crafty_packrat: (foodie)
We had to set these in a skillet with water as a double boiler of a sort to loosen up the caramel bottoms of these, but these Orange-Vanilla Caramel Cremes turned out wonderfully when we upended them.

Basically, we made flan with a melting orange caramel top by flipping them out. Next time, I'd slice the orange peel into much thinner slivers, but [personal profile] ellen_fremedon pointed out that they really nicely countered the rich sweetness of the custard, so using the peel so aggressively worked out.

So tasty! )



So the great Cook-In was a great success, though we both wished several times for a bigger, better laid-out kitchen. And more people to eat all the food, because seriously, it seemed that we Cooked All things.

And I seriously want to try more recipes from Purple Citrus and Sweet Perfume -- these are fabulously tasty recipes.
crafty_packrat: (foodie)
After the ice cream and walk, [personal profile] ellen_fremedon and I came back and contemplated giving up...

but we had already grilled the sliced zucchini (and has to hastily save the ice cream, since we had both forgotten it on the countertop. Oops. It was soft and a bit melted, but should be okay by tomorrow evening).

Anyway, we retrieved the zucchini and decided to make only a half recipe, reserving the rest of the ingredients for later. Which is when we discovered the squash blossoms were still at [personal profile] ellen_fremedon's place. Oops again.

All that cleared up, I weighed out the feta cheese (Bulgarian, I believe, and wonderfully sharp) and [personal profile] ellen_fremedon whipped up the dressing of olive oil, lemon juice, and toasted seseme seeds (since we didn't have nigella seeds -- talk about a speciality item).

Grilled zucchini are quite tasty! )

I don't know if the squash blossoms would have improved the salad or not, but it was pretty darned tasty anyway.
crafty_packrat: (foodie)
Bloated with all the food we made and consumed, [personal profile] ellen_fremedon and I scooped out cones of the Strawberry-Hibiscus ice cream I set to set this morning and went for a post-prandial walk.

Sweet and purple )

The ice cream itself was somewhat soft, and I think I might modify the custard next time to use only yolks instead of whole eggs -- and use smaller bits of strawberries. I think on the verge strawberries gave the best flavor, considering I used both them and some bought from the co-op on Saturday.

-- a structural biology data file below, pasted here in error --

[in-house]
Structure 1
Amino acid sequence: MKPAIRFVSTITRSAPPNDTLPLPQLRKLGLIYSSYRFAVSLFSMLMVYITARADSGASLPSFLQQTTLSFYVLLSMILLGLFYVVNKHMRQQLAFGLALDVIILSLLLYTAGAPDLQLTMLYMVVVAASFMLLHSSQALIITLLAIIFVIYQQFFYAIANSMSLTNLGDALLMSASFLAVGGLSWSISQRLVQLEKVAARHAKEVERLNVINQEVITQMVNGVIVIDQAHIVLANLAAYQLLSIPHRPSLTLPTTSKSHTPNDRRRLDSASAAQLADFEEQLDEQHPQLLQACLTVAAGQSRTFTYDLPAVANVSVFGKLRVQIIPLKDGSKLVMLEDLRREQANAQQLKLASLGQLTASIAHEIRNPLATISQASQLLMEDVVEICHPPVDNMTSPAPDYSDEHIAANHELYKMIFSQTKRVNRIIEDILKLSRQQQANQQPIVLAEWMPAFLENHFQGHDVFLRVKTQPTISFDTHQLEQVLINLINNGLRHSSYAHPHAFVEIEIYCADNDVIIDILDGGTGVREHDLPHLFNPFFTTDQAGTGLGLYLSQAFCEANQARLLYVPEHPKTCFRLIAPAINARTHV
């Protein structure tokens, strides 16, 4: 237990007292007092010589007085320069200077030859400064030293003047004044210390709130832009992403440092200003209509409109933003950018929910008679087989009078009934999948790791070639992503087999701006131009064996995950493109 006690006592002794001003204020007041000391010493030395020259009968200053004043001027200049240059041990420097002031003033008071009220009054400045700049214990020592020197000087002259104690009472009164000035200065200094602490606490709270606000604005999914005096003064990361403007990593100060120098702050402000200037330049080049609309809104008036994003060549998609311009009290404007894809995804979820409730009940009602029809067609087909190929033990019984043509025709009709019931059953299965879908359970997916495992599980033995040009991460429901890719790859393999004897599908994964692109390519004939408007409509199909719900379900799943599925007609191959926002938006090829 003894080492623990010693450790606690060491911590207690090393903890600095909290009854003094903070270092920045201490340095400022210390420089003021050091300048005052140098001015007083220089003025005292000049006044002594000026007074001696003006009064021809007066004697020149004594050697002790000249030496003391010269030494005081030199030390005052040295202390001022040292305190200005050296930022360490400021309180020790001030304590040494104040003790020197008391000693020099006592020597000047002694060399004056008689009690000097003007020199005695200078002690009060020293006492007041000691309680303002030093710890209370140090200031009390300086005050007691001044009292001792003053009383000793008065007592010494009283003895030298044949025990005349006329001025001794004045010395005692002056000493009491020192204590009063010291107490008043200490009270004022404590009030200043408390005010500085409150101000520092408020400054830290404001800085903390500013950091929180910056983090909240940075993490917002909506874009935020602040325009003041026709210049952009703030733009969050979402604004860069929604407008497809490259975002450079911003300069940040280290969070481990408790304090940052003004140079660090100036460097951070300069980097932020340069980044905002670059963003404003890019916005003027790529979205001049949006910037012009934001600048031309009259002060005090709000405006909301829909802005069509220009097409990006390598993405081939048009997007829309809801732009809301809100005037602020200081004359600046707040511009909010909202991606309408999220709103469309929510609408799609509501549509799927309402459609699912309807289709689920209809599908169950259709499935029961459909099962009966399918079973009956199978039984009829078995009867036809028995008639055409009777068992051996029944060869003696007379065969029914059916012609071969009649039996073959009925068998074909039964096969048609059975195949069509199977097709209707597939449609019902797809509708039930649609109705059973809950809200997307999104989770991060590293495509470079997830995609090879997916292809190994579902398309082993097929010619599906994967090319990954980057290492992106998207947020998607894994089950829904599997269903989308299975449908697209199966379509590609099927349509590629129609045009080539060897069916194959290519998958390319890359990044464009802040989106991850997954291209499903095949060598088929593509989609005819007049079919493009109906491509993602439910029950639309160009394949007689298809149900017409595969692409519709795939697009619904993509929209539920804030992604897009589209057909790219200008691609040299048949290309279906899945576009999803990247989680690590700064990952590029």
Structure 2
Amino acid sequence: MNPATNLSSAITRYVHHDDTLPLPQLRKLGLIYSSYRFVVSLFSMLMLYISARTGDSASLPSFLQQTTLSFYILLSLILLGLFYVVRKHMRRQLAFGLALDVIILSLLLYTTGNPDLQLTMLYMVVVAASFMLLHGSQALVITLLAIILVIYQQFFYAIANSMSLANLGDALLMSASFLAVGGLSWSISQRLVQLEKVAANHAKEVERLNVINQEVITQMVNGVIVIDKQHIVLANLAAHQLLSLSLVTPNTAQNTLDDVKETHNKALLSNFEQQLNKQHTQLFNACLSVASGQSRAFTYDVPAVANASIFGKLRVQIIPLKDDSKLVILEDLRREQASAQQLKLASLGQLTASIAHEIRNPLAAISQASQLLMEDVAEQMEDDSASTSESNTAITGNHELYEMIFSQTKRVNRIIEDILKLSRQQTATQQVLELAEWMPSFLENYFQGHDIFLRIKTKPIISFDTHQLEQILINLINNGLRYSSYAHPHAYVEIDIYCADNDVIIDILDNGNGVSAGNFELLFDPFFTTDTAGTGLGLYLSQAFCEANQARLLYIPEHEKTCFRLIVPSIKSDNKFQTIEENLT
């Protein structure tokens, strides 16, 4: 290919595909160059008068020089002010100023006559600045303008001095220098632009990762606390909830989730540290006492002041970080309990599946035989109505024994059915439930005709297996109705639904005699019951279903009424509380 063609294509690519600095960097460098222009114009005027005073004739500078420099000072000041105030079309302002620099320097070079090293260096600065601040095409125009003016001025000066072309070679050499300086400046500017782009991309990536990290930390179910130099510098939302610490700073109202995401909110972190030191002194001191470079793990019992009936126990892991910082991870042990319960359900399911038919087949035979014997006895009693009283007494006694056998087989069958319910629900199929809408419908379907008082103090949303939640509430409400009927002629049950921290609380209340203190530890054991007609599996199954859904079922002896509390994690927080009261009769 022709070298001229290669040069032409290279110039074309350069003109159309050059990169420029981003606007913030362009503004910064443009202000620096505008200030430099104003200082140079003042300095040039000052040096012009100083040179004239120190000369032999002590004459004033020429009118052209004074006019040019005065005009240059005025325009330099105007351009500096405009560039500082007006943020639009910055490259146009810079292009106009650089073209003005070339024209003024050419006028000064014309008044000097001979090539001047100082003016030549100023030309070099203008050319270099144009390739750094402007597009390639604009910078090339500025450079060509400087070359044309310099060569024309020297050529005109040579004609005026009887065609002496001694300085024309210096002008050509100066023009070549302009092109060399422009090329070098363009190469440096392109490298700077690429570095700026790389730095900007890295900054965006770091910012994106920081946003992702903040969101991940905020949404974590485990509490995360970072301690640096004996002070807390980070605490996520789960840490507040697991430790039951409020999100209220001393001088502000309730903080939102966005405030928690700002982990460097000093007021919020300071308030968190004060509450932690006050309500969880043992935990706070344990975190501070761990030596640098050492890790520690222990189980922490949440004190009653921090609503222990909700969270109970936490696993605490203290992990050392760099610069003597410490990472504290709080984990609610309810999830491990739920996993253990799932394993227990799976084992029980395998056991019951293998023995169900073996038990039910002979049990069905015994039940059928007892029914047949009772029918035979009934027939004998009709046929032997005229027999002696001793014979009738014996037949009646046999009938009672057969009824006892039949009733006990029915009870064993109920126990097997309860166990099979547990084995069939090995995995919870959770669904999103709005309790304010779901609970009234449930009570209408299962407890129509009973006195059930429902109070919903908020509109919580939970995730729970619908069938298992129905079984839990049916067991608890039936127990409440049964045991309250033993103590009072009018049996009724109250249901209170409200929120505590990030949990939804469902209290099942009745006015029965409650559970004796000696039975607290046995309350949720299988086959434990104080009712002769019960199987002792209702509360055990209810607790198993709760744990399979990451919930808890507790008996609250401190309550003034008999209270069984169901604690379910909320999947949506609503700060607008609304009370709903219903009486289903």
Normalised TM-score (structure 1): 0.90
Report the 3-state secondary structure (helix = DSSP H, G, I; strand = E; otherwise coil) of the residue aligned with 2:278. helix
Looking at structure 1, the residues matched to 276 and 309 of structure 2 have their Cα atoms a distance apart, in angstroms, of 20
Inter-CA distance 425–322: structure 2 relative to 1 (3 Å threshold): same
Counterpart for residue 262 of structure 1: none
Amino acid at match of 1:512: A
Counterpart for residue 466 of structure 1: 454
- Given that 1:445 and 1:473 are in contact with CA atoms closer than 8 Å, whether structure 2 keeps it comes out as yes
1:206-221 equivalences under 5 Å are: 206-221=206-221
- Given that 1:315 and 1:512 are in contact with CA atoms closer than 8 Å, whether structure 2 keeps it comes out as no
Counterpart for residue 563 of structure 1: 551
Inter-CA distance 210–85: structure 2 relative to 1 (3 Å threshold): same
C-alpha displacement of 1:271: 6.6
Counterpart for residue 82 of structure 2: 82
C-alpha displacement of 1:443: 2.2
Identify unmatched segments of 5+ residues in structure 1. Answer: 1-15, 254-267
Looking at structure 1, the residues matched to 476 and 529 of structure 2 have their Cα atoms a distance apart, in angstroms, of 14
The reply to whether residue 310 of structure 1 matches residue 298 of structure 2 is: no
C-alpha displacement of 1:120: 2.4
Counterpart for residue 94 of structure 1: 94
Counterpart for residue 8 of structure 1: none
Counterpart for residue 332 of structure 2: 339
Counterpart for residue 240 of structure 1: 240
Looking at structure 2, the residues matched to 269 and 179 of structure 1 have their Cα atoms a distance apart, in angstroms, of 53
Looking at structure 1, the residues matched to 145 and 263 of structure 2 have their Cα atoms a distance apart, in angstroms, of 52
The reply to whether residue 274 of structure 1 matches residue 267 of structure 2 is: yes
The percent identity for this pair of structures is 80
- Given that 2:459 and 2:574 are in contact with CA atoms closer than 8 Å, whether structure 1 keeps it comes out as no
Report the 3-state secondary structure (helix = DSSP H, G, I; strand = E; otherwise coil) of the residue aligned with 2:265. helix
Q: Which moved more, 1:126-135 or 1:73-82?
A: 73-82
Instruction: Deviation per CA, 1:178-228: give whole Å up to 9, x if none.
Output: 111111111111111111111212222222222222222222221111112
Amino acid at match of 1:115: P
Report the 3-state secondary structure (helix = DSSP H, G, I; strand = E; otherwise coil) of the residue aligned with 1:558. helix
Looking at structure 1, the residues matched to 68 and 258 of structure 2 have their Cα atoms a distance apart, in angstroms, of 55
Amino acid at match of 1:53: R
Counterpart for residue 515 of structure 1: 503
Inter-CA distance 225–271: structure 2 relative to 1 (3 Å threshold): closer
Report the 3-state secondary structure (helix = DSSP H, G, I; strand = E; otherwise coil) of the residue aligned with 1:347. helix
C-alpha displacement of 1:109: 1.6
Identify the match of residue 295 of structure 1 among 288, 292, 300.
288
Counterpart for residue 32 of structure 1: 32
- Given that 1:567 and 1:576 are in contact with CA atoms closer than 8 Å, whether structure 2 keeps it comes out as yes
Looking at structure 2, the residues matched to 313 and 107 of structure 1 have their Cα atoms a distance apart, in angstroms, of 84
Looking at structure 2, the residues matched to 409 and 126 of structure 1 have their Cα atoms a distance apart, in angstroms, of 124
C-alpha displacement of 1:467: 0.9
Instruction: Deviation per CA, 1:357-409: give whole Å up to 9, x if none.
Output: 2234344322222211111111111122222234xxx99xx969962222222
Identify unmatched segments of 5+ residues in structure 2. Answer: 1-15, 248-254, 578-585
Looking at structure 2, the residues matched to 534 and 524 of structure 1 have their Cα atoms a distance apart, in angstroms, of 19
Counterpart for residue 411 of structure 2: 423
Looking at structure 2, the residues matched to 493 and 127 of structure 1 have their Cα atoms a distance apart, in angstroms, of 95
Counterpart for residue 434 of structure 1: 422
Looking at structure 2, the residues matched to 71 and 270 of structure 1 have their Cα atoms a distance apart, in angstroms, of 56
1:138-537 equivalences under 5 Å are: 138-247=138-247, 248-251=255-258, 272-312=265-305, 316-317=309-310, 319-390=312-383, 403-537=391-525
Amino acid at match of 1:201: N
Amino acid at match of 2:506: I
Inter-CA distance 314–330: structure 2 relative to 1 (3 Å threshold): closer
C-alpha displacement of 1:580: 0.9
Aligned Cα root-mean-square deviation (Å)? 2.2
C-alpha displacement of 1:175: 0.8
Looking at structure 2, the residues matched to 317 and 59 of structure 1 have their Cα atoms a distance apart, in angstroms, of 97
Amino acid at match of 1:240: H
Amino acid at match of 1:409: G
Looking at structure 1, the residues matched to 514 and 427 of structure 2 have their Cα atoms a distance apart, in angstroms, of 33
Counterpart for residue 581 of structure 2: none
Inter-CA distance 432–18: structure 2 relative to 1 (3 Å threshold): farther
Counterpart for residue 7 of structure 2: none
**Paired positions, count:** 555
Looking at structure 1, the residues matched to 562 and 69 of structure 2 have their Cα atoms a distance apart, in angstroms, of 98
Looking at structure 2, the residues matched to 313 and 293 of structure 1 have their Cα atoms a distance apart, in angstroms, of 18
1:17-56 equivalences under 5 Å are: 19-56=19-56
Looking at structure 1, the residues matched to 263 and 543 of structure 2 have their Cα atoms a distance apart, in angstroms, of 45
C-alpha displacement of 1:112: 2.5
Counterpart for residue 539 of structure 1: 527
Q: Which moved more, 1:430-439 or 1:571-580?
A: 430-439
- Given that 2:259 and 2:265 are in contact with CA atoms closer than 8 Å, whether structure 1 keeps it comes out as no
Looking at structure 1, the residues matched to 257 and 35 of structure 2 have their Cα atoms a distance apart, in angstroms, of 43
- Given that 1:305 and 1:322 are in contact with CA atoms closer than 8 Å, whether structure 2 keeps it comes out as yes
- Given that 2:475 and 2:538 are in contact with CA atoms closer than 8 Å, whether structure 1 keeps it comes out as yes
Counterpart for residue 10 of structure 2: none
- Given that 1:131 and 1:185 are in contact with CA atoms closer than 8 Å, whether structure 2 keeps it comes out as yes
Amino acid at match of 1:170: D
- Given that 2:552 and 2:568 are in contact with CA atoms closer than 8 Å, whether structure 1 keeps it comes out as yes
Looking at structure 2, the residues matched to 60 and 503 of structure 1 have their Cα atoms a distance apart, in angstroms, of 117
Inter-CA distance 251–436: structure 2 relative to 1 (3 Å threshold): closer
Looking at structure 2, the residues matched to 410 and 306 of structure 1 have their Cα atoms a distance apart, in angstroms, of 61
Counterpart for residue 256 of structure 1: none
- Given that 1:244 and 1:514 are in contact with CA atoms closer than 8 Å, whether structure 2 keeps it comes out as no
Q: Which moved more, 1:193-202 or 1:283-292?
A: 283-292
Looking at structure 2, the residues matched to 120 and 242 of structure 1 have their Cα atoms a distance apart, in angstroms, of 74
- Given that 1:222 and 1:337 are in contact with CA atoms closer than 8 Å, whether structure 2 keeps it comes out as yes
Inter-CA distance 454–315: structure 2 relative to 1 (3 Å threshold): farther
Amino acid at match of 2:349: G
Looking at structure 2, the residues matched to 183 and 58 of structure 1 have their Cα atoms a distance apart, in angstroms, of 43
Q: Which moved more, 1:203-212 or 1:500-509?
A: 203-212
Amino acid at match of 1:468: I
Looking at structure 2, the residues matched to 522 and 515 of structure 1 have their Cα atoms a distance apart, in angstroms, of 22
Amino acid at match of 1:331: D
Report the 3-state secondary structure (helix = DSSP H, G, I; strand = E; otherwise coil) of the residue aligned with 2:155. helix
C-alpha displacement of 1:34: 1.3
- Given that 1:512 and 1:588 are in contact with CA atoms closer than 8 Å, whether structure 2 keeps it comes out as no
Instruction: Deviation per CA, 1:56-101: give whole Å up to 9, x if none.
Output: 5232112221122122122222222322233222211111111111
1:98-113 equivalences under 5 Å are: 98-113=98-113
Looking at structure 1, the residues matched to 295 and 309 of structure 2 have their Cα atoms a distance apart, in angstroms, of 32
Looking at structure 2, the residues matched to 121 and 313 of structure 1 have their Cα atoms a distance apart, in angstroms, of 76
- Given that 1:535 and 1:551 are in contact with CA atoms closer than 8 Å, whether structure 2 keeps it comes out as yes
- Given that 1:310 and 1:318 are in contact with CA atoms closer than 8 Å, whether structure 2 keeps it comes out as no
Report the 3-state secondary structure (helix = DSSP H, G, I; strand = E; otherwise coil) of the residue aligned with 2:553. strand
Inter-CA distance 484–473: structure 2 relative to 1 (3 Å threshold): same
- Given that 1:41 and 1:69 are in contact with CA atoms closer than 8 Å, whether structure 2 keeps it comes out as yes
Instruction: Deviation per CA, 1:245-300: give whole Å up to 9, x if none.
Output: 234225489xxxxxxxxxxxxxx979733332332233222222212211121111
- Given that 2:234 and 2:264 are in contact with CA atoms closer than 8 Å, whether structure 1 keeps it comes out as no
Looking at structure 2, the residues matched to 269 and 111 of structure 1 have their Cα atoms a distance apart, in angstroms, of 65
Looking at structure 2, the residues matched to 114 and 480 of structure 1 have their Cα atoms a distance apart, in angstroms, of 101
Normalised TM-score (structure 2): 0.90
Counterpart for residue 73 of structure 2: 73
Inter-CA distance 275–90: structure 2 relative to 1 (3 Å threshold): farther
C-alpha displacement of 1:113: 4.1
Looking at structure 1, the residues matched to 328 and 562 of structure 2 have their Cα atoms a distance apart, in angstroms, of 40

crafty_packrat: (foodie)
After we were able to contemplate food again -- at least an hour later -- [personal profile] ellen_fremedon and I fried up the falafel we made with red chard.

The recipe said to make falafels about the size of golfballs. I'd say smaller would be better, given the problems we had with falafels about that size. Bits of chards tended to float off into the frying oil, and sometimes the falafel just broke apart.

They were very tasty, though, because after we took them out of the frying oil [personal profile] ellen_fremedon sprinkled them with salt. Chard, especially the stalks, apparently gets a wonderfully sweet finish when fried, and who doesn't like crispy bits with salt? I liked mine with a healthy dash of tumeric as well, but your mileage may vary.

Tasty balls of chard and chickpea )

[personal profile] ellen_fremedon suggests that shallow-fried chard might be a tasty thing indeed to sprinkle over popcorn some day. I've fried parsley, and seriously cruchy greens are kind of irresistible.
crafty_packrat: (foodie)
[personal profile] ellen_fremedon and I wisely got together on Saturday and figured out our meal plan for today, so we could get the best ingredients and split cost.

Of course, we chose Jidi Bel Zet -- Veal Shanks with Saffron and Seven Spice -- before realizing that first, no one was selling veal shanks, and second, the goat shanks (the recipe is adapted from a recipe for goat) were two-and-a-half-dollars more per pound than osso bucco from the bison ranch. Otoh, there was no guarantee that the bison people had osso bucco availabe either, but their saleswoman promised she'd be able to sell us stew meat and a marrowbone if the osso bucco wasn't available. Which was why I bought a marrowbone on Sunday.